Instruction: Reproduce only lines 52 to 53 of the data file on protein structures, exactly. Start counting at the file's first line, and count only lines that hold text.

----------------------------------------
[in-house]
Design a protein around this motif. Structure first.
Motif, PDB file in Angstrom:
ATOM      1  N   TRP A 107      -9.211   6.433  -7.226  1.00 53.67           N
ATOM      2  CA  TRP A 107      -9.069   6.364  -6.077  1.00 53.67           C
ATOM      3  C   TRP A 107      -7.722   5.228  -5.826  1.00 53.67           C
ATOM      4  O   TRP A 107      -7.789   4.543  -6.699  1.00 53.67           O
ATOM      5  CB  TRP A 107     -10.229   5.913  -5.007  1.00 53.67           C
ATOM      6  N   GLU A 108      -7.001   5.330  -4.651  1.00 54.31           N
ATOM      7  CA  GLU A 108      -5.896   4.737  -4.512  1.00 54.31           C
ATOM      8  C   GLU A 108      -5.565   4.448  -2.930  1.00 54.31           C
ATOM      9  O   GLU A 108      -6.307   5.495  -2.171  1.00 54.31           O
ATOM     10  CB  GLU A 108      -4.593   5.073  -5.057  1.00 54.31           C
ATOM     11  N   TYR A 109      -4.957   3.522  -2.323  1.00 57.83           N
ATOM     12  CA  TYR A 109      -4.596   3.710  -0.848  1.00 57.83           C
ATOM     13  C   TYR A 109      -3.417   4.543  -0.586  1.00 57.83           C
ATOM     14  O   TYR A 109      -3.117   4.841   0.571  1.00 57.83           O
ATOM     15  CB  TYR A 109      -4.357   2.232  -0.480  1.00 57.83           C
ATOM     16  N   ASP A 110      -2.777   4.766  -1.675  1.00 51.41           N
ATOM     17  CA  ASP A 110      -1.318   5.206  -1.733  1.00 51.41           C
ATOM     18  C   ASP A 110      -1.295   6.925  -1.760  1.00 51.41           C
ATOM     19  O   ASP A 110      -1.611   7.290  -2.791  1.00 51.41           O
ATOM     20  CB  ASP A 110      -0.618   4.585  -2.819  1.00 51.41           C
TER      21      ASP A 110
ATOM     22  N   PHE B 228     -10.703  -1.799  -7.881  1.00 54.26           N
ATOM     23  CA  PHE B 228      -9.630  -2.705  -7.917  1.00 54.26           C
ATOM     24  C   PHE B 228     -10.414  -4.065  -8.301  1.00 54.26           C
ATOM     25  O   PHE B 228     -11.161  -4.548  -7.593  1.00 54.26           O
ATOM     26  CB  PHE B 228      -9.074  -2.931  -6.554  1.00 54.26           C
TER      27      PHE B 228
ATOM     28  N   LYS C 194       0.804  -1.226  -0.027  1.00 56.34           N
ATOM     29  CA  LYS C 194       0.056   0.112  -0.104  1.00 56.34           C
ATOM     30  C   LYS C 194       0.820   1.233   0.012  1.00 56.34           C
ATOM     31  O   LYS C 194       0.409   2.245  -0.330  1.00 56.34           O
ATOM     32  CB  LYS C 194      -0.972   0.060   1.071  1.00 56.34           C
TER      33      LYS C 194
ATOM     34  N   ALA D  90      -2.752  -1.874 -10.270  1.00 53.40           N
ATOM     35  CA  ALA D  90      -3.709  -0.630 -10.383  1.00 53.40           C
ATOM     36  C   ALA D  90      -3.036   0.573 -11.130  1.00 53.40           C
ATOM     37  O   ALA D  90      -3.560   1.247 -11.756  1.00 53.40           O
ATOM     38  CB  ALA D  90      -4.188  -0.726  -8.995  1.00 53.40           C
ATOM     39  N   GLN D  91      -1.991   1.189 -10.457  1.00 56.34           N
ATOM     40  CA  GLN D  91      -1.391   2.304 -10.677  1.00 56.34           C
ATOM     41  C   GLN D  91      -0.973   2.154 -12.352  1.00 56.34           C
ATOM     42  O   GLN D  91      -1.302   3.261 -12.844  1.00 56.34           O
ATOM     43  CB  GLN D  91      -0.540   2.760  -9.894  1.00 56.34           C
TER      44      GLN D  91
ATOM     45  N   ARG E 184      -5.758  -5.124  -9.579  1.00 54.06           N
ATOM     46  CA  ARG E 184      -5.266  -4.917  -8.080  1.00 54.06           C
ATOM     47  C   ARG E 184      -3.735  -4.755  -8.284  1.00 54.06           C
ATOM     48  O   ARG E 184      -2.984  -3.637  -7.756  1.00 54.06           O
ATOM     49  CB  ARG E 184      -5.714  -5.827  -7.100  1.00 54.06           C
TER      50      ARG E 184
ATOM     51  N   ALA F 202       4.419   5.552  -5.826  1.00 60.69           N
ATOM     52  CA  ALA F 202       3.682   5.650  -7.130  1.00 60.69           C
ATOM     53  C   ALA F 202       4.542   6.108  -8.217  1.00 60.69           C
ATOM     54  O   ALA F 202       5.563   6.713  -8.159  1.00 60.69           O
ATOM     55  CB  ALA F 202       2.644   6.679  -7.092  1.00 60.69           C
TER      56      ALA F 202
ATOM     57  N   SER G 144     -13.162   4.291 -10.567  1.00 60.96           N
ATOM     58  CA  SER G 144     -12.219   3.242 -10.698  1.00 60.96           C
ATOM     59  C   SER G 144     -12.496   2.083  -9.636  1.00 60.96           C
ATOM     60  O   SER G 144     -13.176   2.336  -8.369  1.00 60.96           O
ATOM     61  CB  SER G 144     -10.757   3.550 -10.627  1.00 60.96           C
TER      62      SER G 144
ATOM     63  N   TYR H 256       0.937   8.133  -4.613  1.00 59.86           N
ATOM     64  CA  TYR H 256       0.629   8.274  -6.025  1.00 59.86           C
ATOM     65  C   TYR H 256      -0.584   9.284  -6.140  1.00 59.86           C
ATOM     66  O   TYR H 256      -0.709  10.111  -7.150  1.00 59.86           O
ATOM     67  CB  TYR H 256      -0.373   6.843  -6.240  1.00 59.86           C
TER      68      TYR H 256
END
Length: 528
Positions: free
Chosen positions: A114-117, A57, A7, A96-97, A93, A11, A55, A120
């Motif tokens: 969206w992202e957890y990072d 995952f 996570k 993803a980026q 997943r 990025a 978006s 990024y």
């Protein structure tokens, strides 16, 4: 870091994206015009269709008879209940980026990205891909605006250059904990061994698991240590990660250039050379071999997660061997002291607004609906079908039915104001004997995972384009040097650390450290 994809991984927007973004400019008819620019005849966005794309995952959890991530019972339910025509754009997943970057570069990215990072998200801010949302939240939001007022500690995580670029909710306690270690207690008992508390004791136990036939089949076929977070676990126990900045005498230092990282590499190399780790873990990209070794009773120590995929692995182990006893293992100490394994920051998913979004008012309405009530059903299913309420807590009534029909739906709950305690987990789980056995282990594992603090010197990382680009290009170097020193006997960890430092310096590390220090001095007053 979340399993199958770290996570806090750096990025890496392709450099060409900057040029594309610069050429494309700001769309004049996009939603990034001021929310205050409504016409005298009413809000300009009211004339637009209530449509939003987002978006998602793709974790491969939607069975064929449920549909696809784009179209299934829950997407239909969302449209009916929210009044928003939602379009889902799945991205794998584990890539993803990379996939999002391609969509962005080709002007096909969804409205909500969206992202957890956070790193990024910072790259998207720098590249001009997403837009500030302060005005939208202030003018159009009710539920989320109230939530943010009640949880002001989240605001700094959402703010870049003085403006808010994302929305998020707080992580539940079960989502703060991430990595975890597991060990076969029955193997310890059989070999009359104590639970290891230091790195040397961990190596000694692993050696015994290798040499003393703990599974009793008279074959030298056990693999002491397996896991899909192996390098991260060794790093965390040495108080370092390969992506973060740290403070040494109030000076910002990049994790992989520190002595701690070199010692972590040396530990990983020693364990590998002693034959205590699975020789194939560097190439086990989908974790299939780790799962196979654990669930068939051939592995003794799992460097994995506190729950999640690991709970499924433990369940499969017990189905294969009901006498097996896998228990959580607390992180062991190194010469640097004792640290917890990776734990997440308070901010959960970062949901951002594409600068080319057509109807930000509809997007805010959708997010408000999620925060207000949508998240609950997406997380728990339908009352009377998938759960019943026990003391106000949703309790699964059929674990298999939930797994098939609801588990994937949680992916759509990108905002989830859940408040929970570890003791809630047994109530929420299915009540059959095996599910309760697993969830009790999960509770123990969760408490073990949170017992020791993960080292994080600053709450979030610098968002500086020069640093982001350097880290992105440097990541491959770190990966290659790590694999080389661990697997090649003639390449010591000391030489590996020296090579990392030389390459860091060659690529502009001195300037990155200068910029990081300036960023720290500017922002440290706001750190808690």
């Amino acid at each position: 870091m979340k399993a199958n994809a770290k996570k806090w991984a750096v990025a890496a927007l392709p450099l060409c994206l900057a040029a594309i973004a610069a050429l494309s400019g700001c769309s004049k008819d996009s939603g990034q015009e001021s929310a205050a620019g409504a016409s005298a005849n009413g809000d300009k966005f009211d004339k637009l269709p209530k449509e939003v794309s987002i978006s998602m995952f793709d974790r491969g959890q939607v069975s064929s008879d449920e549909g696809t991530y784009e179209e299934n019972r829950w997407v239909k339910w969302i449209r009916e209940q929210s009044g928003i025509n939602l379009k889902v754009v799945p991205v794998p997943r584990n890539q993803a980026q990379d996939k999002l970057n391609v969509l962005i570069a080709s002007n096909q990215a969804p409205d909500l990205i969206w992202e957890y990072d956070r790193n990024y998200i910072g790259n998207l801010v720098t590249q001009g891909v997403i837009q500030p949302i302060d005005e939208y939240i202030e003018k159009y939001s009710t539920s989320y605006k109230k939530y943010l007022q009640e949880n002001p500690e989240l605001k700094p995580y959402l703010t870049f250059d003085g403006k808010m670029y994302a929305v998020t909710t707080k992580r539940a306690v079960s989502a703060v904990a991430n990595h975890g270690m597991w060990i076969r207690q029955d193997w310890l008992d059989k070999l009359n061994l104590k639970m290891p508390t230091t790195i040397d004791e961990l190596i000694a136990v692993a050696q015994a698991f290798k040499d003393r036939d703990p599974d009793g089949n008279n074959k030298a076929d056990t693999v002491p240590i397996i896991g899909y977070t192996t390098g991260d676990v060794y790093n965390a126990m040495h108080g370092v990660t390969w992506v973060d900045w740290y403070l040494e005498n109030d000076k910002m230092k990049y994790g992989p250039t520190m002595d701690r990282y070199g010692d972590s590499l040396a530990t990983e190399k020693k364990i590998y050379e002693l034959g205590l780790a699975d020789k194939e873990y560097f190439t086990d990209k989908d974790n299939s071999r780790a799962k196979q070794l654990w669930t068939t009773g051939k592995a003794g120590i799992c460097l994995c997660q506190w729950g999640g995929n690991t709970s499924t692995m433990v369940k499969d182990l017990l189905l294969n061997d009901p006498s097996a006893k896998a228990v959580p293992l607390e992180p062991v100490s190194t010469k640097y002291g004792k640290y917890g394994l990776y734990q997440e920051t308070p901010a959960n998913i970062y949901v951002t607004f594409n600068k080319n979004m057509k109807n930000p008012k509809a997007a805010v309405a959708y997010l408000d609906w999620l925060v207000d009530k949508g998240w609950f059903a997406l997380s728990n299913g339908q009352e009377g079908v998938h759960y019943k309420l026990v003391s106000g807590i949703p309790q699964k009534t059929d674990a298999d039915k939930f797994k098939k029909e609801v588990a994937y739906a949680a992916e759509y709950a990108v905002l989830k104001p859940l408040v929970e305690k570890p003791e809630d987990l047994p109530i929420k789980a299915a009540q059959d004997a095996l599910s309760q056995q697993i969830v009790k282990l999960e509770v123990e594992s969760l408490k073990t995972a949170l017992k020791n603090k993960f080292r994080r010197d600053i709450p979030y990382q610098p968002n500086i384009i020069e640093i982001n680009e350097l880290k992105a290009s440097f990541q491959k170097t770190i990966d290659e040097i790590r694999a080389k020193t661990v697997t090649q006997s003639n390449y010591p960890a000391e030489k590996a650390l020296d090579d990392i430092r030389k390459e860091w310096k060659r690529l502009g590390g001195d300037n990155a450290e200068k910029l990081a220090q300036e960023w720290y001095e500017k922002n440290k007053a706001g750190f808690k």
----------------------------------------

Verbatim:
ATOM     49  CB  ARG E 184      -5.714  -5.827  -7.100  1.00 54.06           C
TER      50      ARG E 184